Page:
It might be a soft factor when it comes to business, yet I am convinced it’s an inevitable one to succeed either as a project leader or as any other project team member. It will help you through the tough time during a project, focusing on the strength of the team and available resources. A common problem to reach your milestones are often a) time (limited resources) and / or b) restricted funds. You may now think "well I won’t get any more headcount or financial resources by being grateful" – nope of course you don’t. But the simple, previously described exercise will make you immediately and differently aware of the resources you already have, especially also within yourself. Never forget: Necessity is the mother of invention! See what you wrote down on your paper – and make the best out of it. There is more in it than you think!
3. Never forget on who you can count on (and who counts on you)!
No matter on how alone you may feel sometimes in life, there are always persons who you can count on. It’s either a stranger in disguise or an old mentor, a partner, a new colleague or a good friend. Maybe they are not always around you and not seldom we consider exactly these relationships as not so easy or don’t see one other in that way or very often. But when it comes down to the point you need unconditional help it’s these people who are there for you. Hence, be attentive and mindful what’s going on around you, know your network and see the little things someone does for you.
When it comes to Project Management, with this it is also very important to know your stakeholder. And I really mean KNOW them: First and foremost, know all of them, not only the board you report to. Second; learn and be aware of what is truly important to each individual of them. And KNOW your team, the individual members as well as the whole as a team. Listen carefully to each of them and be a great communicator.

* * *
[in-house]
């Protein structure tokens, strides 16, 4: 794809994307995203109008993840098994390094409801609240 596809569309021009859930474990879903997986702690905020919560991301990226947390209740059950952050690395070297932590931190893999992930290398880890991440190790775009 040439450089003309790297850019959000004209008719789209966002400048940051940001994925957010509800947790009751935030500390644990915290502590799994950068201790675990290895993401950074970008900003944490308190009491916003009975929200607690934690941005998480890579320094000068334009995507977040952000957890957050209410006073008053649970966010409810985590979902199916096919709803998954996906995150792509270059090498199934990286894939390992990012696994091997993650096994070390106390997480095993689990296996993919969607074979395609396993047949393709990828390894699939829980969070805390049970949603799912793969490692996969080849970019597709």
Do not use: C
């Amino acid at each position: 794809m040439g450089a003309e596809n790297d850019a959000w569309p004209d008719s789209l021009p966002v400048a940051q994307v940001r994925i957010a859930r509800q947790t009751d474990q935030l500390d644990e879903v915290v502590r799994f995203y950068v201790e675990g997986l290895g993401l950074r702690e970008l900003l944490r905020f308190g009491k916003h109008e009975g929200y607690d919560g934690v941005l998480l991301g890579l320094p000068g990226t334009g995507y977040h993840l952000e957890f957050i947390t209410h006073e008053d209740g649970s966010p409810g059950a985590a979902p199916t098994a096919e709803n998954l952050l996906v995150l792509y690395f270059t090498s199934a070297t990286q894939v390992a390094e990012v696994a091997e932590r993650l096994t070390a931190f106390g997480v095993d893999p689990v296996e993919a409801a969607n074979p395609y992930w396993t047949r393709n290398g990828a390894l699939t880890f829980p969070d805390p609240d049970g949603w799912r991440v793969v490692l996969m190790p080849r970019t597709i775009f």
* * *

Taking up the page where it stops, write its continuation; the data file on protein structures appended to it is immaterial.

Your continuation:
4. Do the maths but in the end listen to your intuition!
Like described under paragraph 1 you can prepare and calculate a lot in life and you surely shall make use of it. Especially nowadays where we have so many great tools and sophisticated technology to check and value facts and influences. But never underestimate your intuition! As someone who often travels off the beaten path individually on my own I had to learn that there is no computer or book which tells you when you have to leave a place or situation. It’s your gut feeling and your intuition that ultimately tells you if you are ok where you are or what you shall do or not.
Same at work. Make use of all the great tools and technology around you. Check fact and figures. But in the end; listen to that inner voice in you.
5. Be humble
Last but not least; be humble. From far eastern cultures and philosophies we can learn a lot about how to become humbler. Life is easier when you don't take yourself too serious. In Project Management it's all about the project, not about you. You are a good project leader when your team does some great work and your project succeed. Good leaders let the team win.